If you grew up reading newspapers and magazines in their analog formats, you know quite well the picnic is over and the only place to subscribe and read them will be online in the next few years. We all hoped publishers could transition to the digital age with elegance, but they instead chose to arrive to the party overdosed on Google AdSense and drunk off Flash banners. Typical of major industry shifts, it's been a horrific ordeal for the incumbents, and we -- their customers -- have suffered as a result of their obtuse efforts. With the advertising industry and content management systems of the Internet simultaneously changing alongside this movement from ink to pixel, we've been left with an exercise in frustration over what should be a simple operation: reading words.
As such, I'm introducing an on-going project that curates the worst, most hostile reading experiences on the Internet: Hostile Reading Experiences: A Public Exhibit. It'll permanently reside under the Projects section.
While online publications are often hit or miss in areas of layout, distraction, and readability, these sites' ill-advised designs will most likely discourage you from attempting to read any more than the headline -- if you can even locate it.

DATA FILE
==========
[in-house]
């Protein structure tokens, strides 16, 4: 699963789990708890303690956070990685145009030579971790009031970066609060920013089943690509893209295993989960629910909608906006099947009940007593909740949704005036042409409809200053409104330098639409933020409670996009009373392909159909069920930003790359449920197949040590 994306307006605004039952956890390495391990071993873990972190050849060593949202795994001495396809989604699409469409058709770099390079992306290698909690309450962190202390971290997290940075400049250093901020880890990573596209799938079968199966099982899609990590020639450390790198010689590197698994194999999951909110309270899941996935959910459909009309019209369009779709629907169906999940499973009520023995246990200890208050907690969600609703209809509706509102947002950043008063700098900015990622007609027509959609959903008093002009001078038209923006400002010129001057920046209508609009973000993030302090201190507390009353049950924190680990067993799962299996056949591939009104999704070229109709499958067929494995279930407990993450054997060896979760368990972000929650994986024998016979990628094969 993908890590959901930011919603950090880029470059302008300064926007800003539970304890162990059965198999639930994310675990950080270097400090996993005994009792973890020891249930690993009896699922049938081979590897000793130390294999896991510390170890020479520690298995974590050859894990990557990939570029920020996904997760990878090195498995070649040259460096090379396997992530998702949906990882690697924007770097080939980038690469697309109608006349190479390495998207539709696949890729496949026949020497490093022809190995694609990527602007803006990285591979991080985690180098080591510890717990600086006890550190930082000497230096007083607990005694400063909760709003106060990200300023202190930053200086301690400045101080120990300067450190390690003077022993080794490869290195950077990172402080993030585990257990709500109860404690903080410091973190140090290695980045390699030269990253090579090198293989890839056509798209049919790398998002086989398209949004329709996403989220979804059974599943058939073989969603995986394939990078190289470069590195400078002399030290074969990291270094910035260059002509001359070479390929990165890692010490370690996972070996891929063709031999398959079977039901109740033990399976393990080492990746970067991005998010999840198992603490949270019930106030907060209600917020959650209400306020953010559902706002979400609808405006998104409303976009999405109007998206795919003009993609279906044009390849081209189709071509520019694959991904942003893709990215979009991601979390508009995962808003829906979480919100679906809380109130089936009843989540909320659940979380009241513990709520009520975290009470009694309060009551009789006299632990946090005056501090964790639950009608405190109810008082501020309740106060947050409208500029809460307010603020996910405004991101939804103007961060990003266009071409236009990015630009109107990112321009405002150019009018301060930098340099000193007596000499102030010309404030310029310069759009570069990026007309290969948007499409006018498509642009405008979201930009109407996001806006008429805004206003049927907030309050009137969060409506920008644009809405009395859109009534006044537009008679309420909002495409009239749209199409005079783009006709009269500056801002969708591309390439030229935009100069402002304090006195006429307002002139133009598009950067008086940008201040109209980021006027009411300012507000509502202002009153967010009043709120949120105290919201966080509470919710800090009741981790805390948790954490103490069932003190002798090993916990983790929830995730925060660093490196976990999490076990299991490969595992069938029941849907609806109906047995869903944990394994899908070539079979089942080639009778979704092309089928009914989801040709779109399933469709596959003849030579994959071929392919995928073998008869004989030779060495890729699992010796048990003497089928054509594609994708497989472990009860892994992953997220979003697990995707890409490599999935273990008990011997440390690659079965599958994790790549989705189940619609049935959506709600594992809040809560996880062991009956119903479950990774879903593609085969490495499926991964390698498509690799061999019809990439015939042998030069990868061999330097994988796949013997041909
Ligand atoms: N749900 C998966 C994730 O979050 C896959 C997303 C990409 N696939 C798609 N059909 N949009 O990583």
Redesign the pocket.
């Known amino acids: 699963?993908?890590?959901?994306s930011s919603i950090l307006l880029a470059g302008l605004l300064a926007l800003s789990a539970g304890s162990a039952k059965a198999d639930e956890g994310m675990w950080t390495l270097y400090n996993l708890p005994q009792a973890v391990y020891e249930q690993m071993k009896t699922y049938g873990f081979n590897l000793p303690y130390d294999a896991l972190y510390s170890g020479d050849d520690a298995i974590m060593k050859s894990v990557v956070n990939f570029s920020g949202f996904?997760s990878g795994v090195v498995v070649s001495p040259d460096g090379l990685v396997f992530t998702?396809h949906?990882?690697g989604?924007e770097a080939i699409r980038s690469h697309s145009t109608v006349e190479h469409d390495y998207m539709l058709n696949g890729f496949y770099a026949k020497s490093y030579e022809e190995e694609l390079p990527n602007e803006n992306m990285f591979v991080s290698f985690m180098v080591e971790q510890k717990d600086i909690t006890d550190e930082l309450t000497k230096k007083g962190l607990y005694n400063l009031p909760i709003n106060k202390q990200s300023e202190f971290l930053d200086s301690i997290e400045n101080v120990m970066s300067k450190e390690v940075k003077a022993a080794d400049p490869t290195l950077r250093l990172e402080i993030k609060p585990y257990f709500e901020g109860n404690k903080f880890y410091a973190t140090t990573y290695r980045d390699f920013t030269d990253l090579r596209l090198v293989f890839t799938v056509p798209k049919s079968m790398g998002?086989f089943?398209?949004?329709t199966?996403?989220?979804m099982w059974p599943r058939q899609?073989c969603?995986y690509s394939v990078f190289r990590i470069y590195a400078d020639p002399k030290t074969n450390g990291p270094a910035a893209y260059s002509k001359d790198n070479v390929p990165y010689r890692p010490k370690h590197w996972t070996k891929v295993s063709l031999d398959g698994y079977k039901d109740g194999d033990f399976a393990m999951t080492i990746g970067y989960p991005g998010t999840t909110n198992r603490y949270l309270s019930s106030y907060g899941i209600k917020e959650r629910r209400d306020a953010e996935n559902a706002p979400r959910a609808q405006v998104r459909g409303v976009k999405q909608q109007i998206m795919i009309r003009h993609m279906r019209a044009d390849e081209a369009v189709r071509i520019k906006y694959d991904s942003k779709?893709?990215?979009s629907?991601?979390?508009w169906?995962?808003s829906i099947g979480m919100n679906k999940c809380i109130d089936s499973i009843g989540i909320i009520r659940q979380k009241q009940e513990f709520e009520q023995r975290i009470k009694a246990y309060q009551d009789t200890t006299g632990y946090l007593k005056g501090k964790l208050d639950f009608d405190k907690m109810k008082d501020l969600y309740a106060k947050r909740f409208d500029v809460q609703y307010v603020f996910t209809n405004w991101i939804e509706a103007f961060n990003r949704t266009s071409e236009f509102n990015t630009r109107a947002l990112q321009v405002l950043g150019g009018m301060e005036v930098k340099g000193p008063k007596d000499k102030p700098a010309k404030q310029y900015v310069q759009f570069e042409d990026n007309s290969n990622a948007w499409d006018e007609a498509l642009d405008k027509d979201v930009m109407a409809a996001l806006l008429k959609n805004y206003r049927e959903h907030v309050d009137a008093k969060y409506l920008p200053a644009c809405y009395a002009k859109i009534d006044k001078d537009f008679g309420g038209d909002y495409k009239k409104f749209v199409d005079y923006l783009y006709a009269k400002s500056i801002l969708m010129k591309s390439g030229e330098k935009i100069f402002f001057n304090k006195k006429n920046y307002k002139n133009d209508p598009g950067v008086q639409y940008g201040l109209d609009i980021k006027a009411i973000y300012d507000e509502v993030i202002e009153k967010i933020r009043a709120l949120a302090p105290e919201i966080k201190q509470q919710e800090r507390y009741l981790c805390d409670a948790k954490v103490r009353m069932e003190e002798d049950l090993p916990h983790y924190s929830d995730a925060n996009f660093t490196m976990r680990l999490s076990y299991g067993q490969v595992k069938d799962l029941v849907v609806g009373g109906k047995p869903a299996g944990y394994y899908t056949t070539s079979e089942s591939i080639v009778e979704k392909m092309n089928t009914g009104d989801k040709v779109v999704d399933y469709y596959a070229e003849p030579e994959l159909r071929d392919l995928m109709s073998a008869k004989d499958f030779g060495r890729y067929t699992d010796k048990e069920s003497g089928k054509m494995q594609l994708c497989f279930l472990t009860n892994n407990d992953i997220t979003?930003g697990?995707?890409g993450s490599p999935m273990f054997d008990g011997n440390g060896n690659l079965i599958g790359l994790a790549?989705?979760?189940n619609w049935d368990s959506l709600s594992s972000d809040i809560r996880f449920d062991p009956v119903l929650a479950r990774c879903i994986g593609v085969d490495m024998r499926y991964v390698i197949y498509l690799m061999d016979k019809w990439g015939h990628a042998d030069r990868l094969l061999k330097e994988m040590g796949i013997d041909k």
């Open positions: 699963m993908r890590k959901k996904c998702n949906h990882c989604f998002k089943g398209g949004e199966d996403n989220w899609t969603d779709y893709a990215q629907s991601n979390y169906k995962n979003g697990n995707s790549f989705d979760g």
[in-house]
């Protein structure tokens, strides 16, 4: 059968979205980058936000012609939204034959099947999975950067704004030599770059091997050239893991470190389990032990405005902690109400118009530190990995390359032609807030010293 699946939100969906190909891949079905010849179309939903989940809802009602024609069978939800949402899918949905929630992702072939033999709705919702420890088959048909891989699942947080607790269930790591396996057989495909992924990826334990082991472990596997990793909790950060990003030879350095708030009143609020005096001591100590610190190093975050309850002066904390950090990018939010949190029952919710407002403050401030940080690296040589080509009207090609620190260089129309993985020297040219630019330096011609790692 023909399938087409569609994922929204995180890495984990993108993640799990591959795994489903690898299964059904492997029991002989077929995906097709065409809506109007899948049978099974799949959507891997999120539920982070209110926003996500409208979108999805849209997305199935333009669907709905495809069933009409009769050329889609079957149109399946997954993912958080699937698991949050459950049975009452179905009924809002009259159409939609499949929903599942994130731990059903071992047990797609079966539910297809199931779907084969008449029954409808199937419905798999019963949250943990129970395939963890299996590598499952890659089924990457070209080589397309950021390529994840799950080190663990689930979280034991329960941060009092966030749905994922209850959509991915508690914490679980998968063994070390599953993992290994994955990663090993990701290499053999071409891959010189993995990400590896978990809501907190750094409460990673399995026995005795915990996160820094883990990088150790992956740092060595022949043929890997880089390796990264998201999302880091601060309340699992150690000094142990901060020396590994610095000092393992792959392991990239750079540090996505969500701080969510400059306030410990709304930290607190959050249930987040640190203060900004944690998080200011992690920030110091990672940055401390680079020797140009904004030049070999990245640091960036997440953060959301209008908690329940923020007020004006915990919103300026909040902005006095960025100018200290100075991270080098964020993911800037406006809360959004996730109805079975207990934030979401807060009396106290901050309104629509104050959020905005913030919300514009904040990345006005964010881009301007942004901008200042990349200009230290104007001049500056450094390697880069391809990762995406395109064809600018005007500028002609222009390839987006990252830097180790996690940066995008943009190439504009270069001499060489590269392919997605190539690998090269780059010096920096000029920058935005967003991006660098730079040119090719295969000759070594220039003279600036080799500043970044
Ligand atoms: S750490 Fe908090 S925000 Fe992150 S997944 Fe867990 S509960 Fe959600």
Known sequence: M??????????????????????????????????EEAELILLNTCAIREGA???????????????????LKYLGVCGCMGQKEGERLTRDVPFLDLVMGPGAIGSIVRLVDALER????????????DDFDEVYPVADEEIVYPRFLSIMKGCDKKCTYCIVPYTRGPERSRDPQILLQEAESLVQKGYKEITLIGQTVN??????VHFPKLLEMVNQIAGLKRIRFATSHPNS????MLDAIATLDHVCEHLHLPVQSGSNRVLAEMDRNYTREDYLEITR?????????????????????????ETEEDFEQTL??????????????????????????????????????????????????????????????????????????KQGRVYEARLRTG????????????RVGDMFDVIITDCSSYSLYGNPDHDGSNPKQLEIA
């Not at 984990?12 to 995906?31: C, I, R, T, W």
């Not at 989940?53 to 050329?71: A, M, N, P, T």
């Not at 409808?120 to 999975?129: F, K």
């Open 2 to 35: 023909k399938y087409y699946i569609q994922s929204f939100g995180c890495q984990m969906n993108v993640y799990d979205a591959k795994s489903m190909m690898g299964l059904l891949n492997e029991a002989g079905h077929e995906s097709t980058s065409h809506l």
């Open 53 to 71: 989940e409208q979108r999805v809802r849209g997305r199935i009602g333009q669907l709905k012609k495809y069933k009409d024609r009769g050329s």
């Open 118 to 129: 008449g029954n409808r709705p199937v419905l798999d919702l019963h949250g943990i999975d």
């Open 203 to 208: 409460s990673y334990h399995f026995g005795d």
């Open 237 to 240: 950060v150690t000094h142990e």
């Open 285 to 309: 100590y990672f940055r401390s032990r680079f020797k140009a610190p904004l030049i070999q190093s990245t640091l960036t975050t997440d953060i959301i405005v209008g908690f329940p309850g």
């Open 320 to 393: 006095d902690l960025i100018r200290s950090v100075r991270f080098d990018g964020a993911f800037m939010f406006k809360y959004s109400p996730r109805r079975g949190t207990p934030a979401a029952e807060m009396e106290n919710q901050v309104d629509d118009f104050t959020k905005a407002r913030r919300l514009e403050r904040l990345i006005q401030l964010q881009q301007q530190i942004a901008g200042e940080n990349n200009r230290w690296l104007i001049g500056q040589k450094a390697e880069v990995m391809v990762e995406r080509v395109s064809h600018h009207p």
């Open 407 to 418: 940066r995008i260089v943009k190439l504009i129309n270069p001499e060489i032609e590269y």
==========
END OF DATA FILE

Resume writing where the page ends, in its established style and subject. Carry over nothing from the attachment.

In our trendy era of animated display banners, social media buttons, Google AdSense links, related story widgets, scrolling navigation bars, and amateur typeface settings, it's no wonder people prefer watching videos. I've compiled a list of sites that currently violate reasonable reading expectations online, and will continue to add examples as I cruise the net.
I mean, really: Large publishers can meet a reasonable balance between ad-generating revenue and readable content. They have all along with their print product -- why does the digital version fall so far from the tree? In lieu of these publishers' oversights, smaller, leaner content foundries (like The Magazine, NSFWCorp, Svbtle, The Morning News, The Bygone Bureau, and The Brief), have grasped the opportunity to improve reading experiences for their own subscribers while shaming the treachery of their elders. Designing and providing great reading experiences shouldn't be a trend with the nerd periodicals -- it should be the expectation. It's dispiriting to know that so few of the major publishers realize this.